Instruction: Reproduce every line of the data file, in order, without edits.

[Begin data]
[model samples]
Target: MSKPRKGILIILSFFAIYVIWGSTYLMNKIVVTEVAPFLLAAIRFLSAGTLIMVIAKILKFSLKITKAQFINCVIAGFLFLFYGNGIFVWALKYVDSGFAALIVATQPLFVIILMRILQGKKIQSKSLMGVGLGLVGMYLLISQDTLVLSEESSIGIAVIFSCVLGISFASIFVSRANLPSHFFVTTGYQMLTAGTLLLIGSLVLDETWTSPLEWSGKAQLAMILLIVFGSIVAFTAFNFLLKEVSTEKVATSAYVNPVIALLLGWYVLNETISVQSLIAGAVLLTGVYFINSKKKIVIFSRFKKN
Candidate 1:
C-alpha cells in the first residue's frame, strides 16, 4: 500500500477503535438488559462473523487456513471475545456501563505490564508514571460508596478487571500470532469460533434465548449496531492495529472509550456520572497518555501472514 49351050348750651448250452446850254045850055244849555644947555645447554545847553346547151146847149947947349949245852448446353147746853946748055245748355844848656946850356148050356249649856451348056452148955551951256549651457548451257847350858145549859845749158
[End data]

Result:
[model samples]
Target: MSKPRKGILIILSFFAIYVIWGSTYLMNKIVVTEVAPFLLAAIRFLSAGTLIMVIAKILKFSLKITKAQFINCVIAGFLFLFYGNGIFVWALKYVDSGFAALIVATQPLFVIILMRILQGKKIQSKSLMGVGLGLVGMYLLISQDTLVLSEESSIGIAVIFSCVLGISFASIFVSRANLPSHFFVTTGYQMLTAGTLLLIGSLVLDETWTSPLEWSGKAQLAMILLIVFGSIVAFTAFNFLLKEVSTEKVATSAYVNPVIALLLGWYVLNETISVQSLIAGAVLLTGVYFINSKKKIVIFSRFKKN
Candidate 1:
C-alpha cells in the first residue's frame, strides 16, 4: 500500500477503535438488559462473523487456513471475545456501563505490564508514571460508596478487571500470532469460533434465548449496531492495529472509550456520572497518555501472514 49351050348750651448250452446850254045850055244849555644947555645447554545847553346547151146847149947947349949245852448446353147746853946748055245748355844848656946850356148050356249649856451348056452148955551951256549651457548451257847350858145549859845749158